- Money is a major pain point for 80% of workers, according to a report commissioned by Ceridian, a global human capital management (HCM) firm. The first Pay Experience Report found that North American workers regularly face financial issues that hit hard at work and home.
- The poll of 1,891 full-time and part-time employees and contract workers found that only 30% are content with how transparent employers are about pay. About half of female respondents — versus 35% of male respondents — said not earning enough money is the top reason they’re unhappy with their employers. And while pay is important to respondents, 37% said they aren’t comfortable discussing pay with managers.
- Despite public discussions about the rising cost of living and mounting debt, financial wellness isn’t a priority for employers, Ceridian said. About 30% of respondents said they must turn to credit cards to pay unexpected expenses, and 11% must borrow from relatives, further compounding their stress over money.
Money is one of the most sobering stressors for U.S. workers, as studies continue to show. A 2017 study from the Center for Financial Services Innovation found that 1 in 3 workers are distracted at work because of money problems. In 2019, little seems to have changed. College graduates are entering the workforce with massive student loan debt, and many say they want employers’ help in paying them down. Fewer workers are able to save enough for retirement, and women and other marginalized groups still face pay gaps.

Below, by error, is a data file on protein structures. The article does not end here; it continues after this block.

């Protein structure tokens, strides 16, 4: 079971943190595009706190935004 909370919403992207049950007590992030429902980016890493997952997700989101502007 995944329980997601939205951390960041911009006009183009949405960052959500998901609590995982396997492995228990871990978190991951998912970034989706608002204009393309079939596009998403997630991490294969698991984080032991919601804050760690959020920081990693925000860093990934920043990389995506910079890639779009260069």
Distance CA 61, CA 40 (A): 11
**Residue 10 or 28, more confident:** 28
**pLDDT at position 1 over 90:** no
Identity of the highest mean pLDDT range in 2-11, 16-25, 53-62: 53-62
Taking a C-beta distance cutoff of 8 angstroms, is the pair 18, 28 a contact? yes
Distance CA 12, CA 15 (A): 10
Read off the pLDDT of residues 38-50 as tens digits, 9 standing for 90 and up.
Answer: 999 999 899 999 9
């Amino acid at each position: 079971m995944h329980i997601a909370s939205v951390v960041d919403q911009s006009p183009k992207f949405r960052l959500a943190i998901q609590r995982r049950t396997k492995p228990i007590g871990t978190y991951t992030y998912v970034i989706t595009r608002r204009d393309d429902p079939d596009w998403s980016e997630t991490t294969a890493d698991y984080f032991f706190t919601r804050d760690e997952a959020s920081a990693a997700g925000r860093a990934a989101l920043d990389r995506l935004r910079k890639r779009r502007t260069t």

“The demands and expectations of employees in today’s workforce are significantly different than two or three decades ago when most company leaders began their careers. It’s unacceptable that the gender-pay gap remains a persistent issue, with only 53 percent of women believing they are paid equal to their male counterparts,” said Lisa Sterling, Ceridian’s chief people and culture officer, in a press statement. “Solving this requires employers to prioritize transparency and lean into new technologies that will help them embrace an equal value approach to pay.”
Financial wellness might not be the “silver bullet” to solving workers’ money troubles, but it could be a start to help them get their finances on track, alleviate some anxiety and stay productive on the job. Ceridian added in its report that employers could do more to bring financial wellness to workers, including using technology to pay them instantly instead of every two weeks. Conducting pay audits to uncover any demographic pay gaps can also contribute to healthier pay practices — if employers are willing to correct any inequities they uncover.